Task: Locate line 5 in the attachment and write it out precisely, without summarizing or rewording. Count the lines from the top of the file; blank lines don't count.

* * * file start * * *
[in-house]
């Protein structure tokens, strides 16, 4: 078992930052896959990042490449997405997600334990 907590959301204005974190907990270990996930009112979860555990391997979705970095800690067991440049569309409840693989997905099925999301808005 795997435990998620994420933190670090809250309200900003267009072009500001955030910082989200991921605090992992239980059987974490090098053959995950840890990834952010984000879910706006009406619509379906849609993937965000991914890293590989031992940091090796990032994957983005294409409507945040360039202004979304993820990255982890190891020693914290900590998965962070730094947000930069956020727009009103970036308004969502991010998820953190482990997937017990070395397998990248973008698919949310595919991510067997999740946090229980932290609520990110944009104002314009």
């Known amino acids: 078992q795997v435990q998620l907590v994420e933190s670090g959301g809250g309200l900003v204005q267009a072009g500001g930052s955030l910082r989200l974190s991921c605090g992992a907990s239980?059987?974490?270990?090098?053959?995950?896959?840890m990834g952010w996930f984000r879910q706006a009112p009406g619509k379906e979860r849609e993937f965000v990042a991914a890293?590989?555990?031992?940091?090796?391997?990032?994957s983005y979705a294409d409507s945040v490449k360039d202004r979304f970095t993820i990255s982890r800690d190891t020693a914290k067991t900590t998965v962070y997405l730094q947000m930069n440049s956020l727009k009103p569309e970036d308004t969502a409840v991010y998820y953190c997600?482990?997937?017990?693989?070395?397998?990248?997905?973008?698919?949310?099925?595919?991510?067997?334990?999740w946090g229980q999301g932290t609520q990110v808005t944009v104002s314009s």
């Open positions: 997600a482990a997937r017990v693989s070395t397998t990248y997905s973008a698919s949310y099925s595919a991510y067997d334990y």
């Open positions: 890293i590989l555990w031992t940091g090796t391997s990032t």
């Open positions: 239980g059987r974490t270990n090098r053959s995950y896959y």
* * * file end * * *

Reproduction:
């Open positions: 890293i590989l555990w031992t940091g090796t391997s990032t």